On The Pavement

Walking Through Culture So You Don't Have To

Best Moment in Cat Movie History

I talk to my mother with this mouth. Yes, I do.

As you know, I am an avid Jeopardy! watcher, not a Johnny-come-lately-for-Watson watcher, but a bona fide fan. I watch it every night. Not for Alex Trebek’s shockingly consistent cardboard personality or even to make fun of the lame ‘story time’ with the contestants – You named your dog after your mother-in-law? Hilarious! What a trickster you are! –  but because I think there’s something pleasingly masochistic about shouting the wrong answers at the television to very distant people who are undoubtedly faster and smarter than I am. Monday night, however, I was vindicated. During the teen tournament, this annoying teenage girl Raya, who would practically high-five herself for every correct answer she gave, did this weird thing – and the heavens sang. Not only did she lose, but she’s also forever going to be known for slowly muttering the words, “Pussy furry,” on national television. Watch the clip below. Seriously. You need this.

Failure on a nationally syndicated game show.

Watson is pissed. Consider his 15 minutes over.

2 comments on “Best Moment in Cat Movie History

  1. j.p.
    February 24, 2011

    I was so stoked when Ms. “Furry” won that Double Jeopardy tonight; double-stoked that she won! (How did all those crazy kids think the Colossus was moved?!)

  2. Sarojini Seupersad
    February 25, 2011

    John, I can always count on you to pay attention!

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This entry was posted on February 22, 2011 by in Culture, Humor, News, That's, uh, different and tagged , , , .

Sarojini Seupersad

Sarojini Seupersad

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Evening bike ride Here's purslane, a sun-worshipping flowering succulent, which is sometimes referred to as the Dolly Parton flower because its blooms are open from 9 to 5. Also? It's edible.

#purslane #dollypartonflower He probably deserved it.

Remembering Hemingway on his birthday, via E.B White's 'Here is New York.' Miles Davis and Jeanne Moreau circa 1958, photographed during the making of the famous soundtrack for 'Ascenceur pour l'echefaud' (Elevator to the Gallows), the perfect debut film by 24-year-old Louis Malle You guys. No really, YOU GUYS. Listen to me. The Sound and the Fury, also known to me as "Hush, now," is not worth your time. I know! You've been told it's one of the finest books ever written, right? It's a lie. I assume its many accolades can be attributed to the few people on this planet who persevere and actually complete this long, dull book filled with an ensemble of monsters. I think people who like this book feel as if they've accomplished something miraculous and have cracked open something esoteric, thus retaining a sense of hard-won self-importance. That's the only explanation I can come up with because this book is pure crap. Maybe at the time this book was published, a modernist telling of a family tragedy was something new and interesting. Maybe the untrustworthy narrators and the stream of consciousness storytelling was clever and confusing, giving the reader a sense of alienation, like Benjy's everyday life, and all of that made it fresh and exciting to read. I get that. I can maybe even buy into it, a little. But that doesn't make this book good, enjoyable or even slightly readable. It's a slog. The first chapter is not confusing if you take your time with it, but I don't know many people who have the patience to get through the first chapter, which is the most challenging and submerged narration I've ever encountered. Why make your readers jump through unbearable nonsensical hoops? Because it's clever? The payoff is simply not worth it. These characters aren't worth it. I think we need to finally put this book out to pasture and stop acting like it's high-minded literature. All the thumbs, way down.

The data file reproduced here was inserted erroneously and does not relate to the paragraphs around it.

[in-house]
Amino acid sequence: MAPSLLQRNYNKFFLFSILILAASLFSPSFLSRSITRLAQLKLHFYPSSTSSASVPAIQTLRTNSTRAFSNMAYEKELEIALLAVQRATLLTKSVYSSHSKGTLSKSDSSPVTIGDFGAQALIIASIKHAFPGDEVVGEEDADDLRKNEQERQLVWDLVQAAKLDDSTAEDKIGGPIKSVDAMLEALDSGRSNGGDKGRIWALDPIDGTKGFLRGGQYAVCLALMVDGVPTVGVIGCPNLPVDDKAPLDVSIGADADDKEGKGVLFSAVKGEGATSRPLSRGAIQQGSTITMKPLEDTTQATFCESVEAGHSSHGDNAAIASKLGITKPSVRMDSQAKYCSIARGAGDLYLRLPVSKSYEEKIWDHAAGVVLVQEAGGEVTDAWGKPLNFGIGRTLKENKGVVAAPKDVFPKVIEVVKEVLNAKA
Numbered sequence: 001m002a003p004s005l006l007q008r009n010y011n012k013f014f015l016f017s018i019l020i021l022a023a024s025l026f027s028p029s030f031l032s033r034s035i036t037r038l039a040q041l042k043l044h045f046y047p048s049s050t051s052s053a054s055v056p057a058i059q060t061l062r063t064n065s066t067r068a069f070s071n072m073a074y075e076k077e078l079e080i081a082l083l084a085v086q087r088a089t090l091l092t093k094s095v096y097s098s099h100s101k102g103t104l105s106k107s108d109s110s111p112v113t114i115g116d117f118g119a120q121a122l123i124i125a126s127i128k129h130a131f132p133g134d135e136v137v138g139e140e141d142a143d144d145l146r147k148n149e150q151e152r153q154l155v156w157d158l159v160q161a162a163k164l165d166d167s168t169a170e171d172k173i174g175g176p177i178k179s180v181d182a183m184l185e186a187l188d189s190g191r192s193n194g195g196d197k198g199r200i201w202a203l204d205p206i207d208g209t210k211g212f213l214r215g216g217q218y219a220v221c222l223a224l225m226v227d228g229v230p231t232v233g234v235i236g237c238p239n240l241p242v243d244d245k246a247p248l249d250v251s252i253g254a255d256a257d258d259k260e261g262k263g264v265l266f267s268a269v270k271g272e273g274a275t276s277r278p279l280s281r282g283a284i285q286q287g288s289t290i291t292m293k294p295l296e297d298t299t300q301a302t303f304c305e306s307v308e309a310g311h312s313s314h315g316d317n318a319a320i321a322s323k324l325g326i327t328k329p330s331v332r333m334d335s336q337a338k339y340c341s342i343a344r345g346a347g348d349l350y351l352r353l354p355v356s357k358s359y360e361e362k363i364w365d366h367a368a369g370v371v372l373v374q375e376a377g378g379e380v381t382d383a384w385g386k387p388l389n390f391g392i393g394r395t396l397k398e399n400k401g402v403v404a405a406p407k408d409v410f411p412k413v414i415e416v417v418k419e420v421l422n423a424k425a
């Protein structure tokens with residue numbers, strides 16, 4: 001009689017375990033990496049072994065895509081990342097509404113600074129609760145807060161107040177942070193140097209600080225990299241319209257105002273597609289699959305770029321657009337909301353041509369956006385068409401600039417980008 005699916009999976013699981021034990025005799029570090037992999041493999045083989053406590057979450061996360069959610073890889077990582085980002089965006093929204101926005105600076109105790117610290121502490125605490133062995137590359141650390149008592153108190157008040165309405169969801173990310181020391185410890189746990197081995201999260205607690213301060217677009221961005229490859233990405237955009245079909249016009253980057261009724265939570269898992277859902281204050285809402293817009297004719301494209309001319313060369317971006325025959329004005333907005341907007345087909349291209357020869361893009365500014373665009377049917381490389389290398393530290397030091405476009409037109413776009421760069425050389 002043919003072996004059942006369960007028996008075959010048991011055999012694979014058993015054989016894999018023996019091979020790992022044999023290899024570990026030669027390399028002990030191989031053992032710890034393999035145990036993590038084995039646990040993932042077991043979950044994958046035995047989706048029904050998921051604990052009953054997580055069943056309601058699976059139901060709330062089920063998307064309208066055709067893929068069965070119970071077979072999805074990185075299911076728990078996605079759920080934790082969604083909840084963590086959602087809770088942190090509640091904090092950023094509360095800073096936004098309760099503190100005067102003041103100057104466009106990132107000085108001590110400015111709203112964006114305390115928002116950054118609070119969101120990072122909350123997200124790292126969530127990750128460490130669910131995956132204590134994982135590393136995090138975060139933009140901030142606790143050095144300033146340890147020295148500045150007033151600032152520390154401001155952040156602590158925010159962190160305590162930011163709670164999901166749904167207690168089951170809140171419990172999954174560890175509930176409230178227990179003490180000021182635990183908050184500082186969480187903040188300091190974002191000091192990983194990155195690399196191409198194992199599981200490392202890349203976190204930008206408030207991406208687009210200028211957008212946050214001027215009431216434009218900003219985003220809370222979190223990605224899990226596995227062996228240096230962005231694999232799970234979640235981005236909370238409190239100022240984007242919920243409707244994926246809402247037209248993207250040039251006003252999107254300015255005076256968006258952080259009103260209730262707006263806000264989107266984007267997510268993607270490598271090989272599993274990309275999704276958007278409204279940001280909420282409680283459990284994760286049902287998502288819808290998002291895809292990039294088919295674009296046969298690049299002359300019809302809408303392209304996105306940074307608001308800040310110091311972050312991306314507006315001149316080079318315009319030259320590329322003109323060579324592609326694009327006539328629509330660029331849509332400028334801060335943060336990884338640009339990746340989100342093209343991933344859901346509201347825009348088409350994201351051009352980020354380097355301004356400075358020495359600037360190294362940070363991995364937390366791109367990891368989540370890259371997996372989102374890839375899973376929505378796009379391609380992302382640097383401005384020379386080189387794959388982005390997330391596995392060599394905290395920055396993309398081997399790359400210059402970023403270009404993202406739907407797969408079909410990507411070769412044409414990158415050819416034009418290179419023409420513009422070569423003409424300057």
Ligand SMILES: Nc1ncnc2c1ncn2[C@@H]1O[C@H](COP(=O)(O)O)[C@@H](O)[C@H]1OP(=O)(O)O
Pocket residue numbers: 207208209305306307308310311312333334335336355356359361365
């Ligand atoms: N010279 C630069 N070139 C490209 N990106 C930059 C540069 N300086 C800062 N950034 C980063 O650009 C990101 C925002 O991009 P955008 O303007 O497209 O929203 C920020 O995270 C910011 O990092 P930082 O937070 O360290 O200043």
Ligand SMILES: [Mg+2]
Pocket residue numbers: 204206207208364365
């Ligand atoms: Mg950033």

Now for my next book, A Confederacy of Dunces by John Kennedy Toole. The sad story behind this book is, although it was written in the early 1960s, the author killed himself in 1969 at age 32. He died in obscurity thinking he was a failed writer. His mother, Thelma D. Toole, found the manuscript after his death, and harrassed the writer Walker Percy, who was then a Loyola professor, over and over until he read it. It was published in 1980 and won the Pulitzer Prize for Fiction. And it's Book 48 for my challenge #100booksin2016 Goodbye Four Seasons!
#midcenturydesign #thefourseasons The Four Seasons
#midcenturydesign Goodbye Four Seasons!
Photo taken October 2015 Local library 😍😍😍
Becoming obsessed with #AgathaChristie Well, that's a first. Found: Banana blossom parts after the rain Wow, Coetzee, wow. You are one bleak SOB. When Coetzee won the Booker Prize in 1999, he appreciated it and everything, but he declined going to the ceremony because he said he was too busy working. A fun guy he is not. There are so many non-fun things going on in this book, not least of which are David Lurie's (the main character), ongoing struggle with aging, his perception of women and of course - his ultimate Disgrace. Running in the background is the anarchy of post-apartheid South Africa, and together all of that is a volitile mix. An uplifting book this is not but you'll rush to get to the end and you'll be thinking about it for days after you're done reading it.

I've never read any Faulkner but I've heard his books ultimately lead people to pick up heavy drinking habits. I've never been much of a drinker so let's see if it works on me. Here's Book 47 in my challenge #100booksin2016 #WilliamFaulkner #TheSoundandtheFury

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